Throughout American history, those of Irish descent have played a huge role in the shaping of the United States as we know it today. From forming a bulk of soldiers in the American Civil War to President Andrew Jackson and even the culture of an entire swath of of the country -ranging from the Appalachians of Western Virginia to Eastern Texas- that was borne of the cultures of the Scots-Irish-North English, the warrior-based northern borderland Celt-derived races of the British Isles have given us many a fine warrior to claim as our own, from World War II Medal of Honor recipient Audie Murphy to Former Naval Secretary/Vietnam War veteran/Senator Jim Webb, a recipient of the Navy Cross.
However, one of the more curious stories of an Irish-American involves a man who -despite fighting on the wrong side- was instrumental in providing the foundation for one of the United States’ most beloved and celebrated military units- the United States Army Rangers.
Anyone who has read the Ranger Handbook needs no further hinting of whom we are speaking about. Heck, his “Standing Orders” are quoted on the first page.
We’re speaking, of course, about Robert Rogers, leader of Rogers’ Rangers, claimed lineage of both the American and Canadian Rangers and easily one of the more colorful characters in the American Revolution.
Born to Irish parents in a tiny Massachusetts town in 1731, Rogers would move to New Hampshire as a young lad and grow up serving in the New Hampshire Militia as a private with several scouting units on the frontier.
Like many good warriors, Rogers was a troublemaker from the get-go. In 1754, he became involved with a gang of counterfeiters, but was never brought to trial. He was a hard-drinking, hard-fighting man who was more suited to the wilderness than a town.
During the Seven Years War (also known as the French and Indian War), a young Rogers made quite a name for himself after he was given the authority to recruit his own unorthodox breed of men for the war effort. Scrounging up troublemakers, hard-nosed frontier types, farmers and even some Indian scouts, the unit -which would become known as “Rogers’ Rangers- would conduct then-revolutionary guerilla warfare tactics as they conducted countless raids on enemy encampments, often in the dead of winter or unforgiving terrain.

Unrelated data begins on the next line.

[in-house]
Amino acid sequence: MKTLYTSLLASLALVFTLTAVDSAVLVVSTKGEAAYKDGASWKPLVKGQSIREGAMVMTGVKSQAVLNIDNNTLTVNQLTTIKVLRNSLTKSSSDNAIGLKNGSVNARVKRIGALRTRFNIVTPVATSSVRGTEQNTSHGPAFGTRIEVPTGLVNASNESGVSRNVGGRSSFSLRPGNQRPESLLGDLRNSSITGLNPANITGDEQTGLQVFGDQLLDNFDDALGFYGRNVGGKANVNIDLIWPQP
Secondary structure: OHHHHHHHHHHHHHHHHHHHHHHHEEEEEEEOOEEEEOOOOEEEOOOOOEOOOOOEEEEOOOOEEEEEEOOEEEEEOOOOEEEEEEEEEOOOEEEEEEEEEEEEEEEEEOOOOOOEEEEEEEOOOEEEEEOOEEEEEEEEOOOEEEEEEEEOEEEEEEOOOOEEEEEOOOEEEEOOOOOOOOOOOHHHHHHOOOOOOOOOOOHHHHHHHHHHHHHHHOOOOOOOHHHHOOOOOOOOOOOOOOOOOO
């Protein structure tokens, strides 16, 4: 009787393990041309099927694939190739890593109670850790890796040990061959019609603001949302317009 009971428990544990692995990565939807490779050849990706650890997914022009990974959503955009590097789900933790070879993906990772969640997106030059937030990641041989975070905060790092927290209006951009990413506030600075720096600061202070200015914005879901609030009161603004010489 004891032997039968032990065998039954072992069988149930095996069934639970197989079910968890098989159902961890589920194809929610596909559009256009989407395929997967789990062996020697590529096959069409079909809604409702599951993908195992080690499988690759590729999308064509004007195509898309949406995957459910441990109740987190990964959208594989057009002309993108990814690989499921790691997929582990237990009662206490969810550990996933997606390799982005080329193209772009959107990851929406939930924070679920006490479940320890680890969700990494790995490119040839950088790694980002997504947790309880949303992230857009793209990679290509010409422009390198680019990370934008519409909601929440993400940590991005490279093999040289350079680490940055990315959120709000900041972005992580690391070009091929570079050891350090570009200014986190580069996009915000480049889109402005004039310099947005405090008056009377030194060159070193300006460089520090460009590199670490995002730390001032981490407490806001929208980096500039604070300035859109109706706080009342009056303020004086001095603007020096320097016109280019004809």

Unlike the strictly-managed Redcoats, Rogers and his men were given quite a bit of autonomy in how they conducted warfare. They fought using many of the same tactics that warring natives had used against them in their youth on the frontier and frequently incorporated hit-and-run tactics, selective marksmanship and even the use of tomahawks.
Rogers was so feared by the French and their Native allies that he was known amongst the Abenakis tribe as “Wobomagonda,” or “White Devil.”
Unfortunately for Rogers, he also was responsible for paying his own men. A man who understood the bond of loyalty to one’s subordinates (whom he viewed as his “equals,”) Rogers went into deep personal debt to pay his men by taking loans, a necessary evil after their regular pay was stolen while in transport. While he expected the British Army to reimburse him, it never materialized as such and his debts would be a spectre that constantly haunted him for the rest of his life.
After the fall of Quebec in 1759, Rogers was forced into half-pay retirement and received large tracts of land in New Hampshire as compensation for his wartime efforts. Selling much of it for a profit, he would find himself becoming restless and by 1763 took on command of a company of mercenaries for hire.
Rogers would be called into action a few times throughout the years, but was constantly running into debt issues when the payment for his rangers would come up short. Desperate to recoup his finances, he invested in failed business ventures and gambling, which ended poorly for him/ Eventually, he was sent to a debtor’s prison in New York, but escaped. Scurrying to England to demand his compensation and capitalize on his fame, he published several books and even wrote a play. Eventually given a commission as Royal Governor of a tract of modern-day Michigan by King George III himself, he took on his new position with great zeal until a bitter rival -a blue-blood known as Thomas Gage- had him arrested on suspicion of treason, claiming he offered to sell his province to the French if he grew weary of British rule. While he was cleared of suspicions, he was tossed back into debtor’s prison, only released after threatening to sue Gage. Upon his release, he was returned to his half-pay for the rank of Major.